I am a Marine Corps veteran. That's a fact that most people would never guess to look at me. I am mild mannered, peace-loving and chubby/cuddly. I am as liberal as they come: a Dead Head in my youth, a hippy by predilection and a seeker for philosophical truth and spiritual fulfillment. I can tell you one thing. I confounded many a staff sergeant and gunny in "this man's" Marine Corps, not the least because they still didn't know what the fuck to do with women in the Corps in the 80's. But I am a Jarhead, sure as Chesty Puller and Smedley Butler (if you don't know...look them up!) Here's how that happened.
I grew up in Colorado, in a large extended Latin American family. My dad was from New Mexico, and his dad, and his dad and his dad...back to the 1500's. That matters...I'll tell why later. I was a liberal before I knew the word existed. My dad was a union man, and I was a red-diaper baby. He was a meat packer, worked in a plant called Montfort's in Greeley Colorado, at the edge of the northern Colorado plains. He, as I said, served in the air force.
Here's the thing though. Martinezes/Bustoses ALL seemed to serve. We were all like LOOtenant Dan in Forrest Gump. Here's the litany: Uncle Johnny, Uncle Jake and Uncle Eugene (US Army)-- World War II (my grandma's brothers) My dad (USAF)--1957-1961; Uncle Ron (USArmy) and Uncle Rudy(USAF)--Vietnam; my brother David (US Army) 1972-1980, later both of my little brothers would serve too, one in the army, one in the navy...So it was all around me, that "IDEA" of serving my country.
Funny thing though. None of them ever really spoke about it. I found out later that my grandma's brothers were in the Phillippines, when things got really gruesome in WWII. All volunteers too, except for Ron, who got drafted into Vietnam. And what are the chances folks...what are the chances that all of them would get out alive? But they did and I marvel at it.
We always struggled for money in my family, and when my mother died when I was ten, my father was a 31 year old widow with 6 children to care for. Things went downhill from there, as he married badly the second time and deteriorated physically and emotionally after that. (That's another story, one I oughta tell someday here.) By the time I graduated high school, I knew I had to figure it out and fund it by myself if I wanted to attend college. My dad was on disability by that time with diabetes destroying both his eyesight and extremities, and my step-mother had left him. I was the oldest kid still left at home; my brother David in the Army, my sister Kathy out of the house.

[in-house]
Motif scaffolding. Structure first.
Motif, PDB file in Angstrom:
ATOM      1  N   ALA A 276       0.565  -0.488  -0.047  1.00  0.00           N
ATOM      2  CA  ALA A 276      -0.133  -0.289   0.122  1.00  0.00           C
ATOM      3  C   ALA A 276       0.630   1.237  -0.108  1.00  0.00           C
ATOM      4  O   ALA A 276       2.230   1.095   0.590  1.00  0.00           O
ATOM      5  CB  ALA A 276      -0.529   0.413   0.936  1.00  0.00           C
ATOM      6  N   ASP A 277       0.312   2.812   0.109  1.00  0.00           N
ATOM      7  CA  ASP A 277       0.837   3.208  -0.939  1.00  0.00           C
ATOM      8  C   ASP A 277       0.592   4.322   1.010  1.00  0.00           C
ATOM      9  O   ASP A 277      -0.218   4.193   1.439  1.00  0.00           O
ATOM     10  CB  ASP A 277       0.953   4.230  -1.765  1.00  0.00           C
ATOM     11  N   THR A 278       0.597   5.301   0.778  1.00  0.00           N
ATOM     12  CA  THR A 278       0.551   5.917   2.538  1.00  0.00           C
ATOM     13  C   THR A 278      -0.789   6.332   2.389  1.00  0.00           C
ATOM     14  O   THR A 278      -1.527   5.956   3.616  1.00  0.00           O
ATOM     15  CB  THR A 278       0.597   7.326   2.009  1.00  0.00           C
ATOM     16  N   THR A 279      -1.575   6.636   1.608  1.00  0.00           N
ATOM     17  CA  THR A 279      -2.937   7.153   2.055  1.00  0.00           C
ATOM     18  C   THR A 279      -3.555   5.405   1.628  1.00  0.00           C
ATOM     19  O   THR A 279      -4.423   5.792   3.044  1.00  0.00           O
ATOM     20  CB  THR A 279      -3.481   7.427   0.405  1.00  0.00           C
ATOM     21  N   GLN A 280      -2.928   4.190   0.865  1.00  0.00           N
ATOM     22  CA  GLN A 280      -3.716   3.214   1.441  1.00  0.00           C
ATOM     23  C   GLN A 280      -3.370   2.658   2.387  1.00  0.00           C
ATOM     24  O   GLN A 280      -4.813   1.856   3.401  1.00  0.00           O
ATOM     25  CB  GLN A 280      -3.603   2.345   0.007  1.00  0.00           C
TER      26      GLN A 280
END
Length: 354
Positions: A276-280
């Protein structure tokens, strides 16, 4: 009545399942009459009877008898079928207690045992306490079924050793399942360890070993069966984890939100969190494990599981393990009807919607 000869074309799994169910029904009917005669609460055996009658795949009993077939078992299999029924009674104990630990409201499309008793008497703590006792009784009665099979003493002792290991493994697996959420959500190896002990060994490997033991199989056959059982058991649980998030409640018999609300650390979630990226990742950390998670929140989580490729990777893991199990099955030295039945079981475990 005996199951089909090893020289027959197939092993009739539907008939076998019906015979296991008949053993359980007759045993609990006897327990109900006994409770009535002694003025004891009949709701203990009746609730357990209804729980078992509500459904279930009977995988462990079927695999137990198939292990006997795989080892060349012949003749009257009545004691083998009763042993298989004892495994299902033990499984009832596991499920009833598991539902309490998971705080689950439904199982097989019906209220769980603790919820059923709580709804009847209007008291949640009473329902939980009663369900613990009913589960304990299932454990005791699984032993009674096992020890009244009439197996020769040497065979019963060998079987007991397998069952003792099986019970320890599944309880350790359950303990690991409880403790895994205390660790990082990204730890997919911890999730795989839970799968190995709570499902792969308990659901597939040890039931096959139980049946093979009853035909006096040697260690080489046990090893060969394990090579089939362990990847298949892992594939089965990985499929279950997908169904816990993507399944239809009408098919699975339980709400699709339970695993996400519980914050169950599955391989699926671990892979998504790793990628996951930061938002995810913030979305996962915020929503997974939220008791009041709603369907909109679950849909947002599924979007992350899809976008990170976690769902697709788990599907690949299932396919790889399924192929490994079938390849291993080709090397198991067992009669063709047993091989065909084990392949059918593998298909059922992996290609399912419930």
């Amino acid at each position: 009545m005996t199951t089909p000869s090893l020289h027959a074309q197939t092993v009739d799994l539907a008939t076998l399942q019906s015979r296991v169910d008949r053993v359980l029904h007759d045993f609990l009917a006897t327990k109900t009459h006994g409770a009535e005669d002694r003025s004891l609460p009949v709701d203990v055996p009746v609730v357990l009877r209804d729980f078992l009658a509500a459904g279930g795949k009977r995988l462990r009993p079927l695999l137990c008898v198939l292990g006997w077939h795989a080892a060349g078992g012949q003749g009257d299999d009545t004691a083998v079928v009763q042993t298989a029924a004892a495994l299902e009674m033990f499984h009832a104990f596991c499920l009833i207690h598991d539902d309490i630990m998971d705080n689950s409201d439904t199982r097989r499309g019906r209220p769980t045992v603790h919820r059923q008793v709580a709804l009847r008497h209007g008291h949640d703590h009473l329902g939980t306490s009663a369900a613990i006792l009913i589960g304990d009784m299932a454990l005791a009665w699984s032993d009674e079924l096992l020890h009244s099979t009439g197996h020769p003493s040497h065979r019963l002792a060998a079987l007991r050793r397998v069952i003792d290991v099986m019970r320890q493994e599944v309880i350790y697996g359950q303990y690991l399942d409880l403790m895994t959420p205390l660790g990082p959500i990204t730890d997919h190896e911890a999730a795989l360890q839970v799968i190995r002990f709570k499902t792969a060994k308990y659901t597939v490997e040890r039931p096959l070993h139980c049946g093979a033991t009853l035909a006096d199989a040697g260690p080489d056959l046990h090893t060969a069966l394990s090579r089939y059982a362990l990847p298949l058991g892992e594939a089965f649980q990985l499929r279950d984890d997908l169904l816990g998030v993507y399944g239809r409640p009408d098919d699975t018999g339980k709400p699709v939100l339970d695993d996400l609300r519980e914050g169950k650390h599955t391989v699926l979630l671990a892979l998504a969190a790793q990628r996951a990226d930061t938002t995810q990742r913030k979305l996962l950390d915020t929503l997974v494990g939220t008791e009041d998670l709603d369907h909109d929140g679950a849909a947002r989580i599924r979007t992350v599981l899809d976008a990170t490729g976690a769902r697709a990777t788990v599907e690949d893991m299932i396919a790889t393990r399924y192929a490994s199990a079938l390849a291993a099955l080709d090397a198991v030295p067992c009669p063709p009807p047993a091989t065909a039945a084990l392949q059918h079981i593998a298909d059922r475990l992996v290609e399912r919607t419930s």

I got scholarships, several. I worked. Full time. I was majoring in Zoology, minoring in Chemistry. Lots of lab classes, lots of writing too. My grades dropped. My hopes of studying veterinary medicine, my childhood ambition...ephemerally slipped away as I exhausted myself trying to do it all. Care for my dad; care for my younger siblings; work; school.
I met a man I fell in love with at 19. He was a military enthusiast. An odd geek who played strategic board war games with other like minded geeks. They re-fought the battles of Napoleon and Stalingrad and Thermopylae. It was their hobby. As the relationship frayed, I found myself feeling quite belittled, compartmentalized and outcast from his little world of boys playing soldier. They thought they were all so tough. Yet none had ever served. One had a rich daddy, who was an Army doctor. He had been to military school as a kid. Another had broken a leg in basic training, and gotten out of the Army. My boyfriend was the son of a bird Colonel with 3 tours in Vietnam and the brother of a dead private who died there. He'd never been in the military either. Wannabes all.
I argued war and peace with these guys all the time in my puerile way. I have always been, and remain a pacifist at heart. But they wore on me. I ended up resenting their sure world view that the U.S. is always right and good, and victory is always sweet. I felt I had something to prove, since I felt many times like my boyfriend was sort of patting me on the head indugently with his rhetoric.
Somehow, in the waning days of my relationshp with this man, as I quit college and lost my lucrative job as a Deputy Sheriff in the county jail (another interesting digression, another post maybe?), I found myself on the doorstep of the Navy Recruiter in my town. I was desperate, but had 2 1/2 years of college, good high school grades and no criminal record. Even as a female, I was a recruiter's dream.